The department has come under fire in recent years as conservative pundits point to classes like "Whiteness, Racism and Anti-Racism," "Experiments in Community: Utopia and Communalism in Post-War California" and "Wal-Mart Nation" as examples that students are being "indoctrinated" into their professors' liberal agendas. Horowitz has called UCSC "the most radical university in the United States" and pointed to it and the Community Studies Department in the introduction to his latest book, "One-Party Classroom: How Radical Professors at America's Top Colleges Indoctrinate Students and Undermine Our Democracy."
UCSC staff said the proposed cuts to the Community Studies Department are not the result of political persuasion, but are necessary as they try to slice $13 million from the university budget.
"The scale of our cuts has left me with no easy choices," Kamieniecki said, noting that the Community Studies cuts total about 15 percent of Social Sciences' assigned budget reduction of $1.3 million.
He added: "On UC campuses, decisions to add or eliminate undergraduate majors are made by faculty within those divisions and in full consultation with the campus's Academic Senate. Such decisions cannot deny currently enrolled students who have declared that major, current students who have proposed declaring that major, or incoming students who have declared that major with the opportunity to earn a degree in that discipline."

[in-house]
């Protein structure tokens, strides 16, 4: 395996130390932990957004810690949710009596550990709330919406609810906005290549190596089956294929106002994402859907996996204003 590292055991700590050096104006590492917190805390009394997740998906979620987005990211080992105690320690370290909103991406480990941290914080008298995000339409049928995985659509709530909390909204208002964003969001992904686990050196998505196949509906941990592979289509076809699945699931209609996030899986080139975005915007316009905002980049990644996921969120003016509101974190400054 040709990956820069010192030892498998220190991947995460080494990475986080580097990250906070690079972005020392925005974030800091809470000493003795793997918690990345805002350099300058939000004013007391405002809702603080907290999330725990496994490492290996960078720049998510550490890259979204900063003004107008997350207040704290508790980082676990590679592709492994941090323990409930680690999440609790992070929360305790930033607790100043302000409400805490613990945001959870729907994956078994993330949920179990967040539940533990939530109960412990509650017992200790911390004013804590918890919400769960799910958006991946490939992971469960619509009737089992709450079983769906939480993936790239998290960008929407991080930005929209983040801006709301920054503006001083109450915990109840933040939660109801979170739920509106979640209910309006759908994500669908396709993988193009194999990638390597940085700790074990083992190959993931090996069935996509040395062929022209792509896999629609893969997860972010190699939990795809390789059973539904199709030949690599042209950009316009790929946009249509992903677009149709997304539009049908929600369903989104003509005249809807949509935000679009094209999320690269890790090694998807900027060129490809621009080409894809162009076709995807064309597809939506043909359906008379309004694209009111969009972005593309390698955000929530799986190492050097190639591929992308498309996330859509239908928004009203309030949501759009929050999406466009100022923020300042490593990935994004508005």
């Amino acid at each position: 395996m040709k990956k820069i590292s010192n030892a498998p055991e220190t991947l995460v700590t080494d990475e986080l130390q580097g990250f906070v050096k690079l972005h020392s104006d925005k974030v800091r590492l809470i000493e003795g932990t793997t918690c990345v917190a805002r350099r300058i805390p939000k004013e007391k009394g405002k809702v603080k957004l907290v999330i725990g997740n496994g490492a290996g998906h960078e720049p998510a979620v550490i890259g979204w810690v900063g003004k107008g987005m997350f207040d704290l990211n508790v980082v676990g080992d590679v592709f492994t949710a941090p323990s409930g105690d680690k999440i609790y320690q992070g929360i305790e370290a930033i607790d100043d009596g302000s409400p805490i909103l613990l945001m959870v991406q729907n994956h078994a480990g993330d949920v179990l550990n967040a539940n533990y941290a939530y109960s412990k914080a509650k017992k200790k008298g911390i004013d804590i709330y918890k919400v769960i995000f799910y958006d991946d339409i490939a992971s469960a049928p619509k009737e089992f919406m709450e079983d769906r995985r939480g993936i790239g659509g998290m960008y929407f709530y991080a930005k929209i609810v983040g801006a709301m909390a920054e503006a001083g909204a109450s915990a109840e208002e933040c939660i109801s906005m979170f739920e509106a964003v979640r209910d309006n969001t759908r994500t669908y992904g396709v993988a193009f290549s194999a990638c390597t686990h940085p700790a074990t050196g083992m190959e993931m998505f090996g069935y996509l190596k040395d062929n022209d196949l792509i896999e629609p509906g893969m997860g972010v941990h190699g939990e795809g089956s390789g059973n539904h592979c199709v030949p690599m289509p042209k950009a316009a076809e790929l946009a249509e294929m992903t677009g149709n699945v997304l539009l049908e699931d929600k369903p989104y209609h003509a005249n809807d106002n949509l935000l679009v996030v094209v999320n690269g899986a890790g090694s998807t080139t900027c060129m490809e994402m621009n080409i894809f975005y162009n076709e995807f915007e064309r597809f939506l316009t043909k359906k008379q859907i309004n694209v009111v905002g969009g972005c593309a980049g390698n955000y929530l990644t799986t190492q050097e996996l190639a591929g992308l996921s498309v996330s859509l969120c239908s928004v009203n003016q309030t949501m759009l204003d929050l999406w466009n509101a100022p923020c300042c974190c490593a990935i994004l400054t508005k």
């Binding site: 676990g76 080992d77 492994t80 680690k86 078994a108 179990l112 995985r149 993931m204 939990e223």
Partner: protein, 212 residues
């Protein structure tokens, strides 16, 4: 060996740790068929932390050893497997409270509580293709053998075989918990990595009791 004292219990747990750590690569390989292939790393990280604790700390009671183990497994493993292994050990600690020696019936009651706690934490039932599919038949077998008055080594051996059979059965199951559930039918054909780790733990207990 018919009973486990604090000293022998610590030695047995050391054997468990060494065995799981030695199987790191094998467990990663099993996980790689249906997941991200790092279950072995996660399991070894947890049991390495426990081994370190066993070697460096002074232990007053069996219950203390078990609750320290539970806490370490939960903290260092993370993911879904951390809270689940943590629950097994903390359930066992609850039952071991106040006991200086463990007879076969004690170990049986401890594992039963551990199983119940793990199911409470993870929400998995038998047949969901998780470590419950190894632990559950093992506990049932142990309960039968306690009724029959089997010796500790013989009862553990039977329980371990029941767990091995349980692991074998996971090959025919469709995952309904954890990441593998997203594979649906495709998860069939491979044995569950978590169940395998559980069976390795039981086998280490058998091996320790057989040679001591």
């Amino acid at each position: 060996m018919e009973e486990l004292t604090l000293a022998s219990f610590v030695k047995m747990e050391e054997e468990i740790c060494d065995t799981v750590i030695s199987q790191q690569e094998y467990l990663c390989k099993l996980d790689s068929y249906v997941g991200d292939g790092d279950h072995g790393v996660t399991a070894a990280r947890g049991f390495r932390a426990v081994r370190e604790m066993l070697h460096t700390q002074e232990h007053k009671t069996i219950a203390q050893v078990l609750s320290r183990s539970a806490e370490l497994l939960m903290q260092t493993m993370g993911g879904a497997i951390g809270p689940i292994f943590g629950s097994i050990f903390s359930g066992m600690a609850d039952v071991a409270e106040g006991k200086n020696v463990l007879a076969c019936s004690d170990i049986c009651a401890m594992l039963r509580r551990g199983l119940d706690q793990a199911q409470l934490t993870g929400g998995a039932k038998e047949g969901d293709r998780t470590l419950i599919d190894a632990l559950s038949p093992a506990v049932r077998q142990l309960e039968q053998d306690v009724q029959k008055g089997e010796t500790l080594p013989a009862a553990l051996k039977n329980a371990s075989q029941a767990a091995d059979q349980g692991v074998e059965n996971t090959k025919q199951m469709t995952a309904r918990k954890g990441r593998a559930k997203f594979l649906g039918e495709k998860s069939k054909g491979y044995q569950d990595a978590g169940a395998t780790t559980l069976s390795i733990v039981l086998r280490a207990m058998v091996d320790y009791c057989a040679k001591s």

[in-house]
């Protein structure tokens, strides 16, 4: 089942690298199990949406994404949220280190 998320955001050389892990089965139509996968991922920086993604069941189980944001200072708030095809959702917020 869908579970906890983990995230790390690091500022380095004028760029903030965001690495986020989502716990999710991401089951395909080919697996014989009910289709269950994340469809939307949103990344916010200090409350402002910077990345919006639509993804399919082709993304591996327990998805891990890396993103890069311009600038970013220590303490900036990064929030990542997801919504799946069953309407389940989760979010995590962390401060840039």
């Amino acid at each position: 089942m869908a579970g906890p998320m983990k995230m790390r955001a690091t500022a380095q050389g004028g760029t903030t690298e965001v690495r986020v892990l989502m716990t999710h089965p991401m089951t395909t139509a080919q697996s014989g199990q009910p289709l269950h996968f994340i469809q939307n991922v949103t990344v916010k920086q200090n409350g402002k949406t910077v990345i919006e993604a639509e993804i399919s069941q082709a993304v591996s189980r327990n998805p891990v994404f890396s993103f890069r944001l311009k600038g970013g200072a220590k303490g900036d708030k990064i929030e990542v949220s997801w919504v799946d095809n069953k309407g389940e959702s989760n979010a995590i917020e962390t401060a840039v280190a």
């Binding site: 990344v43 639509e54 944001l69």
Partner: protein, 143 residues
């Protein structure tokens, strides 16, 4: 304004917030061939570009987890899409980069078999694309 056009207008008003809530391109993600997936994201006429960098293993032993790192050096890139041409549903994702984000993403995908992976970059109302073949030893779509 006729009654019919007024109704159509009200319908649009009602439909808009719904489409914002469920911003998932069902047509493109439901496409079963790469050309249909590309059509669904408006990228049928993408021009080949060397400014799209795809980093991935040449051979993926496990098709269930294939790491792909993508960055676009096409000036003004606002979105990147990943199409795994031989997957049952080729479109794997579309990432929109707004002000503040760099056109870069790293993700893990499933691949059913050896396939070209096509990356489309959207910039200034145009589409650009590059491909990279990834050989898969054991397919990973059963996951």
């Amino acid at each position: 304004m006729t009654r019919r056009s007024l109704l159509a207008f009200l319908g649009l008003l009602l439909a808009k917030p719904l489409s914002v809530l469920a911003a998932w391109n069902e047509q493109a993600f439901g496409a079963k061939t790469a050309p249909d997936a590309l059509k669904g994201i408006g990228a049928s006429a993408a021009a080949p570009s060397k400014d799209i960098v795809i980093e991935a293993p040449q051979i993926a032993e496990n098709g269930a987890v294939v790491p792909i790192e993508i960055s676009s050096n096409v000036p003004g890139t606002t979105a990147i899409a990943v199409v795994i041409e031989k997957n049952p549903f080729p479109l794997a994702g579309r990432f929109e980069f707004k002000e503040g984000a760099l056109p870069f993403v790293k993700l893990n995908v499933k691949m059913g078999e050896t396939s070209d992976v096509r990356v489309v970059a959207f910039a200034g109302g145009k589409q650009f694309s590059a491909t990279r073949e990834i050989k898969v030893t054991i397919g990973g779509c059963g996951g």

Kamieniecki said it was "premature" to discuss the details of what other cuts might be made and where.
Sophomore Elena Rossman, 20, said students would not let go of the department without a fight.
"This major trains community activists and organizers," Rossman said. "So they're kind-of messing with the wrong people."
She's not the only one upset. A Facebook group, "Coalition to Save Community Studies," had nearly 1,400 members by Monday evening.
A meeting tonight at Oakes College on campus is expected to draw hundreds, as is a Q&A event with Chancellor George Blumenthal at 6 p.m. Thursday in the College 9/10 Recreation Lounge.
Say hello to the Bad Guy.
Apparently, the Sentinel somehow found my March 16 posting (UC Santa Cruz-America's Wackiest University?), which pointed out some of the ridiculous programs taught within the Community Studies and History of Consciousness departments. David Horowitz has also pointed out the fact that these departments are little more than indoctrination centers for the "community activists" and "revolutionaries of tomorrow".
I seriously doubt that anything that David Horowitz or I said or wrote was a significant factor in UCSC's decision. If a credible institution is going to have to make cuts, what does one cut first-Spanish/German and French-or Community Studies? Science, biology, history or History of Consciousness? This should be a no-brainer, and hopefully, the next one to go will be Angela Davis' History of Consciousness Department, which does nothing but occupy valuable real estate.
Of course, the left-wing faculty and students as well as Ms Bookwalter (who wrote the above sob story) will not be happy with the decision. But look on the bright side; hopefully, now students will graduate from UCSC with some real knowledge to go with that diploma-knowledge that will serve them in the real world.